Today I played a poker tournament and lost. Blegh. Been there. Done that before. Too many times now. It is what it is. It hurts. It sucks. 10 hours of mind-crunching focus and hard work over two days for zilch. Demoralising. Soul crushing. Soul destroying. It really is all those things, but the poker tournament story has become a rather boring one to me. I’m not here to whinge and moan about that.
Instead, I’d like to tell you another story. One that happened mostly on the tables too…
The tournament kicks off. Immediately I win the first hand I’m dealt in a bizarre scenario where my opponent thought they had a straight when they didn’t. I flash a look of bamboozlement to the table, and say “I was confused there, but I figured the only hand she could have that beat me was X. Can’t fold”. A girl sitting one seat over from me nods, “Yeah, exactly. Quite strange”. I detect an accent. British I think.
Play continues. I notice the girl who’d made the comment to me reaching for her phone every now and then. Every time players at the table give away new information (when they show their cards), she grabs the phone out and begins banging away on the keyboard. I think she’s taking notes on people. I’m doing the same, only it’s all happening in my head. I make a mental note that this girl is taking notes on people. She’s paying very close attention to the game. Most other’s at the table aren’t. One other guy is. But the rest are just playing their cards. Not thinking about the other players at the table. Not paying much attention to them. Definitely not taking notes. Not in their phones, nor in their heads. As for the lady who thought she had a straight, she doesn’t even seem to be playing her cards. I have no idea what she’s thinking. Not much is my guess.
The girl and I speak a couple words to each other during the second two hours of play, “unlucky” being one such word exchanged once in each direction on separate occasions when we both had the best hand against our opponents but the deck had other plans in mind…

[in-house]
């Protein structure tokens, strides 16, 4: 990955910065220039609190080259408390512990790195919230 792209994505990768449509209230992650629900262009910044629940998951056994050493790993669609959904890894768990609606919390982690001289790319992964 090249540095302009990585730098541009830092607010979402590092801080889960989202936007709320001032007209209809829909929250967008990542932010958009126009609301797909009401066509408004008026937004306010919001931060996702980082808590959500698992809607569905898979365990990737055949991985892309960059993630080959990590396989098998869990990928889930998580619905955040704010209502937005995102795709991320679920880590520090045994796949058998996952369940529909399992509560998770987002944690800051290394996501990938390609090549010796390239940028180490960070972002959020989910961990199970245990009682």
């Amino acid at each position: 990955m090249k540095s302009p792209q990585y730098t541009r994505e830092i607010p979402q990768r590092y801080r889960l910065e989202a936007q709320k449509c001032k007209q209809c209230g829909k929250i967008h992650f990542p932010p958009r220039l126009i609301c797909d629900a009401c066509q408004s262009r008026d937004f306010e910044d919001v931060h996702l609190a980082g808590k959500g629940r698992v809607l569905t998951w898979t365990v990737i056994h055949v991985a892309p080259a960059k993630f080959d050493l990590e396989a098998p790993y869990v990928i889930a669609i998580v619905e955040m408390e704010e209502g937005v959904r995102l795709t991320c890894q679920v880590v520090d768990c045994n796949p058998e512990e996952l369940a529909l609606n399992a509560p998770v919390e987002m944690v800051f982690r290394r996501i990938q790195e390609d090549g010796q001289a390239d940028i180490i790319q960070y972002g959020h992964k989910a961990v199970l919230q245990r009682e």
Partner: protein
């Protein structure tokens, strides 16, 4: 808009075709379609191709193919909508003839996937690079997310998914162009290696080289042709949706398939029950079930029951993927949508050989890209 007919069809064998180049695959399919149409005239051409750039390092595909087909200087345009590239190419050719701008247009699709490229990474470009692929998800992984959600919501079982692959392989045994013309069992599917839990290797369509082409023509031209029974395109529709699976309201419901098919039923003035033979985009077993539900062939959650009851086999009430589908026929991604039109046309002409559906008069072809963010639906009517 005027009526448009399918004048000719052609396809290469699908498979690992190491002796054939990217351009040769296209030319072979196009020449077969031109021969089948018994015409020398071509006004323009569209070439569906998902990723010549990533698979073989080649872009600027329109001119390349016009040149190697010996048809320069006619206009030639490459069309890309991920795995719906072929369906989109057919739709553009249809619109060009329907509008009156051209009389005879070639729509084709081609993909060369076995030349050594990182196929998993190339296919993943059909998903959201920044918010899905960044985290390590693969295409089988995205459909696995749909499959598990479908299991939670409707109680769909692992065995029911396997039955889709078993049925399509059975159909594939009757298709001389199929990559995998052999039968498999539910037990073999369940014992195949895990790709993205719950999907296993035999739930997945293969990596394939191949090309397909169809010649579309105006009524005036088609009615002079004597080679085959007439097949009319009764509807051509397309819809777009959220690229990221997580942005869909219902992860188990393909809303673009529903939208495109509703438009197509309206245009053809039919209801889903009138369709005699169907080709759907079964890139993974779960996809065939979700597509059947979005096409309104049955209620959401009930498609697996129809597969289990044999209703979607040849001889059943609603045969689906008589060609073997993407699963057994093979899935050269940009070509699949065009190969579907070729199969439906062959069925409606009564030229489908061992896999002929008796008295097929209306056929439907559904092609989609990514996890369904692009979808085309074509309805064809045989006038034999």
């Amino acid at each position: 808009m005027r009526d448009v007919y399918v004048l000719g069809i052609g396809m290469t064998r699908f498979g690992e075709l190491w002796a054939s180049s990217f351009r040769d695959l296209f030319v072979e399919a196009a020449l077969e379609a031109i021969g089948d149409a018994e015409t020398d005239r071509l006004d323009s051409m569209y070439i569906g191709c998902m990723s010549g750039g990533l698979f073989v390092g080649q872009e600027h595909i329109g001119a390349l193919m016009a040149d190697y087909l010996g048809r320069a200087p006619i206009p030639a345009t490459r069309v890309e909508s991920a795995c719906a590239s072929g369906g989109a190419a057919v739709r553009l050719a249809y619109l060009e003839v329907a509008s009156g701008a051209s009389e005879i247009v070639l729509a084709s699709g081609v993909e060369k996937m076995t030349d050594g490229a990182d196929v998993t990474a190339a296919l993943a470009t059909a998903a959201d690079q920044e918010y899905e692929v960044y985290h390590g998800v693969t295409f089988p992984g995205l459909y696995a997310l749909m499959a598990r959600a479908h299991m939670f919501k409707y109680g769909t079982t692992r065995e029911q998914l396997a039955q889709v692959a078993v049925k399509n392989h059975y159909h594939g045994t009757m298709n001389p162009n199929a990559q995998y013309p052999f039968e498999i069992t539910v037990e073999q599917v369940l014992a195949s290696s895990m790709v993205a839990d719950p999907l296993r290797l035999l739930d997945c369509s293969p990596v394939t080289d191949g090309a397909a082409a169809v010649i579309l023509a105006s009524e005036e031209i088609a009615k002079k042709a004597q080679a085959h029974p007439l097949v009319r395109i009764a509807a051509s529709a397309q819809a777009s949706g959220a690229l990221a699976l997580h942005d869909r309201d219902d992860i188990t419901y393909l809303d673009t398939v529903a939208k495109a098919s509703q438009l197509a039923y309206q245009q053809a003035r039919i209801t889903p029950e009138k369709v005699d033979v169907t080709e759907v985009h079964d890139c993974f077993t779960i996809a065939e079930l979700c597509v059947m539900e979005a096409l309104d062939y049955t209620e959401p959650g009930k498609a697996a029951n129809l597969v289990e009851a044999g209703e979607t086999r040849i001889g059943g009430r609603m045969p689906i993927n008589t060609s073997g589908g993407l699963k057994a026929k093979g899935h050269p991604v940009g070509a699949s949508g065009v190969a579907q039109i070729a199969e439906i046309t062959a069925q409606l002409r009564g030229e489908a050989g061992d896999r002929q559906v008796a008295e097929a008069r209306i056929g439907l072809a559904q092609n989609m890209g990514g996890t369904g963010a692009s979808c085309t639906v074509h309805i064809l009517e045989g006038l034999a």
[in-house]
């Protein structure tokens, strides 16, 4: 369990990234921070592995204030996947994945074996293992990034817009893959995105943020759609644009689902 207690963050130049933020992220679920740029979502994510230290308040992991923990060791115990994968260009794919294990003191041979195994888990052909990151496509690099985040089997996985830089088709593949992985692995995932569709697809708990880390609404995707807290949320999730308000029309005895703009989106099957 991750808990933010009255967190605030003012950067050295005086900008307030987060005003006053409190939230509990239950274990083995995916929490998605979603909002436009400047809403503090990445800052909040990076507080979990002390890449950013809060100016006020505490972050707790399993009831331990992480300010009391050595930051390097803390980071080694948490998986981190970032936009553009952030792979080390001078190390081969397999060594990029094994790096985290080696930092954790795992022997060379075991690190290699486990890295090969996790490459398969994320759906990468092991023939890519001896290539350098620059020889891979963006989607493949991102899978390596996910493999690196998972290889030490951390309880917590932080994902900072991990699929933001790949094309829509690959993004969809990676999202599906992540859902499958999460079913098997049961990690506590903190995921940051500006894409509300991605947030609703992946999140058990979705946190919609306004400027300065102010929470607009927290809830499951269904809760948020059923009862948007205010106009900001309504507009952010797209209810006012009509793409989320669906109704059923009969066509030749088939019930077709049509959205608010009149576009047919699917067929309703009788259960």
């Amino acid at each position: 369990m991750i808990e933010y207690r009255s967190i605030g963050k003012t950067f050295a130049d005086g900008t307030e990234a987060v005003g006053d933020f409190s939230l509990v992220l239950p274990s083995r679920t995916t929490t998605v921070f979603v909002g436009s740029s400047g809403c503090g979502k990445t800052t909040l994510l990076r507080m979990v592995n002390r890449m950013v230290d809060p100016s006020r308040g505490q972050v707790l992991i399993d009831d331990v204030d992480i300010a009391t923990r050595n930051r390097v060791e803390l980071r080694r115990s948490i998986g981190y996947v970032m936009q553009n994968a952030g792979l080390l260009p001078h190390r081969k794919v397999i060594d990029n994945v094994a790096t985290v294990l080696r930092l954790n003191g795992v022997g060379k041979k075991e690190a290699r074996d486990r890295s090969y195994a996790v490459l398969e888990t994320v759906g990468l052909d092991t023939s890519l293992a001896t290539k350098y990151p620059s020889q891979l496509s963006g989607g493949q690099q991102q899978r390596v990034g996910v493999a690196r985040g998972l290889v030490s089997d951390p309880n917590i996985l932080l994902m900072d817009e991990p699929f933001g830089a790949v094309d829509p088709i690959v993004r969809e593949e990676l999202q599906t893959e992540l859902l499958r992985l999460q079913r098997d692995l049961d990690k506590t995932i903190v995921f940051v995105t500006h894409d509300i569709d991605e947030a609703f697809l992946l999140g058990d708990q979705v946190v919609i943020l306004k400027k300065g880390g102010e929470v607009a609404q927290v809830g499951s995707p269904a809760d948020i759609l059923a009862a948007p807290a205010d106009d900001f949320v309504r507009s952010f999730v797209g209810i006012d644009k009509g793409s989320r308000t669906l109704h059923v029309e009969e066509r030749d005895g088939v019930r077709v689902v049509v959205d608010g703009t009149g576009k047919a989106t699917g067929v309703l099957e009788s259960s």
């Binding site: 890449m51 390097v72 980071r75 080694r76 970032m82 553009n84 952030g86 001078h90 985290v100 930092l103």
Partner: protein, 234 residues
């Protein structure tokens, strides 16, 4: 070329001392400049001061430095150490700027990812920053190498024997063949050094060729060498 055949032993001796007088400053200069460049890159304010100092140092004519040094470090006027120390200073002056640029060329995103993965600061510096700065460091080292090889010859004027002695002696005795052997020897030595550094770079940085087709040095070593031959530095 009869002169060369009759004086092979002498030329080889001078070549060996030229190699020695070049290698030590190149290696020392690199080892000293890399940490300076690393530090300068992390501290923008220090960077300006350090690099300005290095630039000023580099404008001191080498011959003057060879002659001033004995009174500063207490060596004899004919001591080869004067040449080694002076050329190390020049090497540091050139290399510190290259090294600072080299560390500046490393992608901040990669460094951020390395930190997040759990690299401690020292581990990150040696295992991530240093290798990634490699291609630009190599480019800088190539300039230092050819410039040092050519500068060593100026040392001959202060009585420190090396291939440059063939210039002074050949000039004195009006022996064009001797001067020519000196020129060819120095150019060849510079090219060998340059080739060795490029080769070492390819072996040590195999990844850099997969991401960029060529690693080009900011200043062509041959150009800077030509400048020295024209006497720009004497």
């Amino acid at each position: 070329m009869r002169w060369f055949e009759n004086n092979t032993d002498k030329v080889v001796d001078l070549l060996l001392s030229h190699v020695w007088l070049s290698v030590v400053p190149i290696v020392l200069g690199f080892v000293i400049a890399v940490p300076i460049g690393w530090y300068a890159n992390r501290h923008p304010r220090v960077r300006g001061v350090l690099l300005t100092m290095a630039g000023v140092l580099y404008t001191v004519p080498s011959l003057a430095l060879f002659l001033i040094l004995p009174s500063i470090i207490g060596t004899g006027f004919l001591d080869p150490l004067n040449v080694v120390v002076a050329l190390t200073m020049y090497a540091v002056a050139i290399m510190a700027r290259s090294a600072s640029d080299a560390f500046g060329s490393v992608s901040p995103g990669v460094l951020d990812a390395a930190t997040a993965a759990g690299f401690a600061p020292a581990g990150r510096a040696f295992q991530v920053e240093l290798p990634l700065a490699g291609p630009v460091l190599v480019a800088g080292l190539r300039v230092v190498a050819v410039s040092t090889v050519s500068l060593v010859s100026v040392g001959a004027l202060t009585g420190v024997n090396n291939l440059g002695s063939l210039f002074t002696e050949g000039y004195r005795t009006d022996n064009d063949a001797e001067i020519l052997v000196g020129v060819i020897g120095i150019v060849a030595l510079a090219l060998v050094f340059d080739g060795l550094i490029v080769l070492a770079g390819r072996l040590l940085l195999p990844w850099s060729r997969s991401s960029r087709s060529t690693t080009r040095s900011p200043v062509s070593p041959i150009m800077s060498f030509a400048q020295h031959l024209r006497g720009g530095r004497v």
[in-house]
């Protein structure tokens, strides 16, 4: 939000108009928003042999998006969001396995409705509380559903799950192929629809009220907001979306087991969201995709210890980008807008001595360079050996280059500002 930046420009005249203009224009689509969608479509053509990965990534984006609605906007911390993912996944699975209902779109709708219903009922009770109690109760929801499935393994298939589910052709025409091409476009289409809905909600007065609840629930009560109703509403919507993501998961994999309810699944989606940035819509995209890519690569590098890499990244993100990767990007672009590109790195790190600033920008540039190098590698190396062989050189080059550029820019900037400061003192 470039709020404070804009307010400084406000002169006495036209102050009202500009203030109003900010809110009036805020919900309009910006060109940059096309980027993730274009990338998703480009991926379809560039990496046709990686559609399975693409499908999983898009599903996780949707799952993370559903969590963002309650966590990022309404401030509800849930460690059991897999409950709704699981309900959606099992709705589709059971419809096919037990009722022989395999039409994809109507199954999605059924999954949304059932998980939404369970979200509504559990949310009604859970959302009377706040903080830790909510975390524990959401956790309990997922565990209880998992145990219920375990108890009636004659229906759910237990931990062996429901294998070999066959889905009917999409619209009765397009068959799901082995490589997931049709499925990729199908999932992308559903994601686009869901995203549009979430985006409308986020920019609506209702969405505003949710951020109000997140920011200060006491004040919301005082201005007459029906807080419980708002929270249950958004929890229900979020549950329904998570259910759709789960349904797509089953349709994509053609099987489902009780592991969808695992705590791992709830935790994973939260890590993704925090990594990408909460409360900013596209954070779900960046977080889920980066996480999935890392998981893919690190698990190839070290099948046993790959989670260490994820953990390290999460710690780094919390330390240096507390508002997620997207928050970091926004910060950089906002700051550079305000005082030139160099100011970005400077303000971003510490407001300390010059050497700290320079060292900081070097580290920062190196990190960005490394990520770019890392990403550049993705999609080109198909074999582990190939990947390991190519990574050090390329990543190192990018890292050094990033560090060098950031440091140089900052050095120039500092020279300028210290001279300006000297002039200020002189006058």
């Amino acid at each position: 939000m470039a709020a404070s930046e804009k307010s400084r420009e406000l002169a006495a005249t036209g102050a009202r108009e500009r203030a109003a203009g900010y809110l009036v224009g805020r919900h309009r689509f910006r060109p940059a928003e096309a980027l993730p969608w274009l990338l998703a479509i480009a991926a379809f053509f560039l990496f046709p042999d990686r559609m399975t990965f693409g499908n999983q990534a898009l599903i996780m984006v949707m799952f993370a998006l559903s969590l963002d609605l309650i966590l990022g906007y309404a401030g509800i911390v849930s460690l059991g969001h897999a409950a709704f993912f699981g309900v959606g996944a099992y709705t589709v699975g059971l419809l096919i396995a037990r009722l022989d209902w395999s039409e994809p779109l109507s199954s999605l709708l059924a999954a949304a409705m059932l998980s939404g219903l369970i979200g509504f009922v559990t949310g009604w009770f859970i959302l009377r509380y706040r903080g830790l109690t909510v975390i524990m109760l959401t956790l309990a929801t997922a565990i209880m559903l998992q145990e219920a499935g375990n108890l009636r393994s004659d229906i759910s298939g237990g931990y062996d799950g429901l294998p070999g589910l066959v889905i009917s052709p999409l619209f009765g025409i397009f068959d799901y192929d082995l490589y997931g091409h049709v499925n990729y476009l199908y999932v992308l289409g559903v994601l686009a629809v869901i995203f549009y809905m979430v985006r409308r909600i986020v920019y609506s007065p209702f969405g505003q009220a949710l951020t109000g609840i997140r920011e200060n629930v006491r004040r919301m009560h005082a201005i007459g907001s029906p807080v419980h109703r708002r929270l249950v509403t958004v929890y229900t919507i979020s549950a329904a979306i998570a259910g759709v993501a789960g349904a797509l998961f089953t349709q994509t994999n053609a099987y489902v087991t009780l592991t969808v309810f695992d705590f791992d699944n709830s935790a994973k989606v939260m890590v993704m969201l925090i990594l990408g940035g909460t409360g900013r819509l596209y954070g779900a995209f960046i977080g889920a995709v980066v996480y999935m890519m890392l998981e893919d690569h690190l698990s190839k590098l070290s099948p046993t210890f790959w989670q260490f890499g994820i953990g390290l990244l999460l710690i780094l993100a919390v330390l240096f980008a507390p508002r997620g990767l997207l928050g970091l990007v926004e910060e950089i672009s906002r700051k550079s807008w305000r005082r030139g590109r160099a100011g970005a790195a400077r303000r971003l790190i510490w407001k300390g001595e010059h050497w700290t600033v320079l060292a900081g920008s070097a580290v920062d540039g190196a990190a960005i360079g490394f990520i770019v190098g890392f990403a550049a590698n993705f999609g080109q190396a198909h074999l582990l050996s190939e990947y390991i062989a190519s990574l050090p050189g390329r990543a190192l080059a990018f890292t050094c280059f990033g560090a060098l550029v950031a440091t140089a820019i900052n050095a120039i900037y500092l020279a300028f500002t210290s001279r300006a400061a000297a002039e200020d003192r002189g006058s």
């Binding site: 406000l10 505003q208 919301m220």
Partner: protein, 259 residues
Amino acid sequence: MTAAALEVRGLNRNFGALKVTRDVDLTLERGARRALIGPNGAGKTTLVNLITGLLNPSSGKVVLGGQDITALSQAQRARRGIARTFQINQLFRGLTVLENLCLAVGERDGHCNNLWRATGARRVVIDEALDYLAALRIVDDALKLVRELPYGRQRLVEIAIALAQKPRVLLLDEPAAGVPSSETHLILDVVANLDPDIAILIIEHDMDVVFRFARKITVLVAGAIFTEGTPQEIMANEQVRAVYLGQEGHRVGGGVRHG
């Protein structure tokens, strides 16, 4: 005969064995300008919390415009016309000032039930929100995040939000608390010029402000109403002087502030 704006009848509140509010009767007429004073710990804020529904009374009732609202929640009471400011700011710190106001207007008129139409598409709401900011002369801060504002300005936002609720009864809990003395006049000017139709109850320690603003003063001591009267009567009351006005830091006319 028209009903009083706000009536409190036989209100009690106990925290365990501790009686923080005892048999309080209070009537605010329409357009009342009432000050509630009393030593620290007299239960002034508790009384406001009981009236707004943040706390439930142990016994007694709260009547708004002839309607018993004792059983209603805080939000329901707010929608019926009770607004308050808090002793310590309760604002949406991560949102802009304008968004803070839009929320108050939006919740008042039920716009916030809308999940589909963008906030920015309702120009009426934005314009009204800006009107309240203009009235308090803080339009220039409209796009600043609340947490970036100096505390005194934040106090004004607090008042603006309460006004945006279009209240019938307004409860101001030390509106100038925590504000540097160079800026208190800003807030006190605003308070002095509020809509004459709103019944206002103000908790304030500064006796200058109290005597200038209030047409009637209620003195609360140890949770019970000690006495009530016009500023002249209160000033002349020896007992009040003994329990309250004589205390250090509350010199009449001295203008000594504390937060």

At a break in play, which are only ten minutes long, I ask her where she’s from,
“London” she says
And she asks me,
“From here, but I lived in the USA for a while” I say
“That explains the twang”.
While on the third ten minute break from the tournament, about to head into the final two hours of play, both London and I need some help. We’re both rather short on chips, in desperate need of some traction. Luckily, we both find some. First London. And then I. The final two hours of play goes according to plan, and we both increase our chip stacks.
At the end of the final two hours, I turn to London:
“That went a little better”
“You can say that again.” she says,“It’s frustrating to see the chips going in all the wrong directions”
“Yep, people playing poorly and getting rewarded. People making monster hands and not getting any value. It’s hard to watch.” I say
“But hey, very happy with that final two hours” I say as I raise my fist in the air hoping for a bump. Quickly, I find it obliged.
We exchange a few more words as we bag up our chips. “That was a fun table”. “Yeah, I thought so too”. I finish bagging up my chips, while London is still busy bagging hers. I walk away from the tables and into the casino amongst the pokies and the ding ding ding noises. Although, I don’t head straight for the carpark lifts as usual. Instead, I hang around a little bit, walking a lap of the casino floor pretending to be looking for something, spending the time pondering whether it would be creepy or inappropriate of me to ask London for her number. An internal monologue ensues:
We’ve been competing against each other all day, given such a scenario, is it offensive to ask her out? Would she perceive it as offensive? How can I ask for her number while making sure to get across the point it’s because I respect her poker game? Her mind. Not just because she’s cute (which, she also is).
I don’t come to any conclusion on the matter, but decide aimlessly walking laps of the casino is not a good way to be spending time. I don’t really know what I’ll do if I see her again, all I know is I hope to. But alas, it’s not to be.
Later that night, lying in bed, I make two mental notes:
- Play disciplined poker tomorrow, start fresh, new day, new table, take it slow.
- Find an opportunity to ask London for her number. If none arises, create one.
The next day I arrive early at the tournament wanting to set up my chips, have plenty of time to scope out my new table, the competition and to catch my breath. And to give myself ample chance to put point 2 above into effect. I can’t control the cards, but I can control this.